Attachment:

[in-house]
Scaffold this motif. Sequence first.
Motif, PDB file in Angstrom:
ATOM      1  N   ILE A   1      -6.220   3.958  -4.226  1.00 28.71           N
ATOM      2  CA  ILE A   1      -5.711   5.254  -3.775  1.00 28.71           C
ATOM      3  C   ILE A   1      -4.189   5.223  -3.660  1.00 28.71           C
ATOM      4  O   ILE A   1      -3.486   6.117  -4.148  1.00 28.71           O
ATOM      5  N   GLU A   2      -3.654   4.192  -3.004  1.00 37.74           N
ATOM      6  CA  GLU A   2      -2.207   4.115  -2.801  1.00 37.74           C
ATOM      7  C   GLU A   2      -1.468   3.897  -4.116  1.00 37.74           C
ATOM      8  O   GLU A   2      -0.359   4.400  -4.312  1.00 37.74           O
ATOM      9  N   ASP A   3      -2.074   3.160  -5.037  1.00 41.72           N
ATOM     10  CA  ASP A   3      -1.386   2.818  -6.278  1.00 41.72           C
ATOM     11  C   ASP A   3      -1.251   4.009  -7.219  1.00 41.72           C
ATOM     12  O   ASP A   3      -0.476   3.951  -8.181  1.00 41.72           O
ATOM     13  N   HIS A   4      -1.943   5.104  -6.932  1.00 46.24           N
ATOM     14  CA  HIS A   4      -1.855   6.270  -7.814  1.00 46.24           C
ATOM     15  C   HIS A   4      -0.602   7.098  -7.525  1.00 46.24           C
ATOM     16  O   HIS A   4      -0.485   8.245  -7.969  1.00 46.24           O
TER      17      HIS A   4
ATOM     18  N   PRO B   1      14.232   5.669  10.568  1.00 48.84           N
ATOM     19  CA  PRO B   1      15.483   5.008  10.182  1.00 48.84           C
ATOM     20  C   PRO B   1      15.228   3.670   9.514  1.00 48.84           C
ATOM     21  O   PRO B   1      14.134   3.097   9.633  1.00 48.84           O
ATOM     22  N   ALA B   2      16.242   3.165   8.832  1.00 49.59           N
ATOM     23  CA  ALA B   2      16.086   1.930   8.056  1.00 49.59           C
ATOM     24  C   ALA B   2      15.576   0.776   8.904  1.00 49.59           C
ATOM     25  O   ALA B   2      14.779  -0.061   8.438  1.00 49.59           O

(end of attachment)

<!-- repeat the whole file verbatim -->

[in-house]
Scaffold this motif. Sequence first.
Motif, PDB file in Angstrom:
ATOM      1  N   ILE A   1      -6.220   3.958  -4.226  1.00 28.71           N
ATOM      2  CA  ILE A   1      -5.711   5.254  -3.775  1.00 28.71           C
ATOM      3  C   ILE A   1      -4.189   5.223  -3.660  1.00 28.71           C
ATOM      4  O   ILE A   1      -3.486   6.117  -4.148  1.00 28.71           O
ATOM      5  N   GLU A   2      -3.654   4.192  -3.004  1.00 37.74           N
ATOM      6  CA  GLU A   2      -2.207   4.115  -2.801  1.00 37.74           C
ATOM      7  C   GLU A   2      -1.468   3.897  -4.116  1.00 37.74           C
ATOM      8  O   GLU A   2      -0.359   4.400  -4.312  1.00 37.74           O
ATOM      9  N   ASP A   3      -2.074   3.160  -5.037  1.00 41.72           N
ATOM     10  CA  ASP A   3      -1.386   2.818  -6.278  1.00 41.72           C
ATOM     11  C   ASP A   3      -1.251   4.009  -7.219  1.00 41.72           C
ATOM     12  O   ASP A   3      -0.476   3.951  -8.181  1.00 41.72           O
ATOM     13  N   HIS A   4      -1.943   5.104  -6.932  1.00 46.24           N
ATOM     14  CA  HIS A   4      -1.855   6.270  -7.814  1.00 46.24           C
ATOM     15  C   HIS A   4      -0.602   7.098  -7.525  1.00 46.24           C
ATOM     16  O   HIS A   4      -0.485   8.245  -7.969  1.00 46.24           O
TER      17      HIS A   4
ATOM     18  N   PRO B   1      14.232   5.669  10.568  1.00 48.84           N
ATOM     19  CA  PRO B   1      15.483   5.008  10.182  1.00 48.84           C
ATOM     20  C   PRO B   1      15.228   3.670   9.514  1.00 48.84           C
ATOM     21  O   PRO B   1      14.134   3.097   9.633  1.00 48.84           O
ATOM     22  N   ALA B   2      16.242   3.165   8.832  1.00 49.59           N
ATOM     23  CA  ALA B   2      16.086   1.930   8.056  1.00 49.59           C
ATOM     24  C   ALA B   2      15.576   0.776   8.904  1.00 49.59           C
ATOM     25  O   ALA B   2      14.779  -0.061   8.438  1.00 49.59           O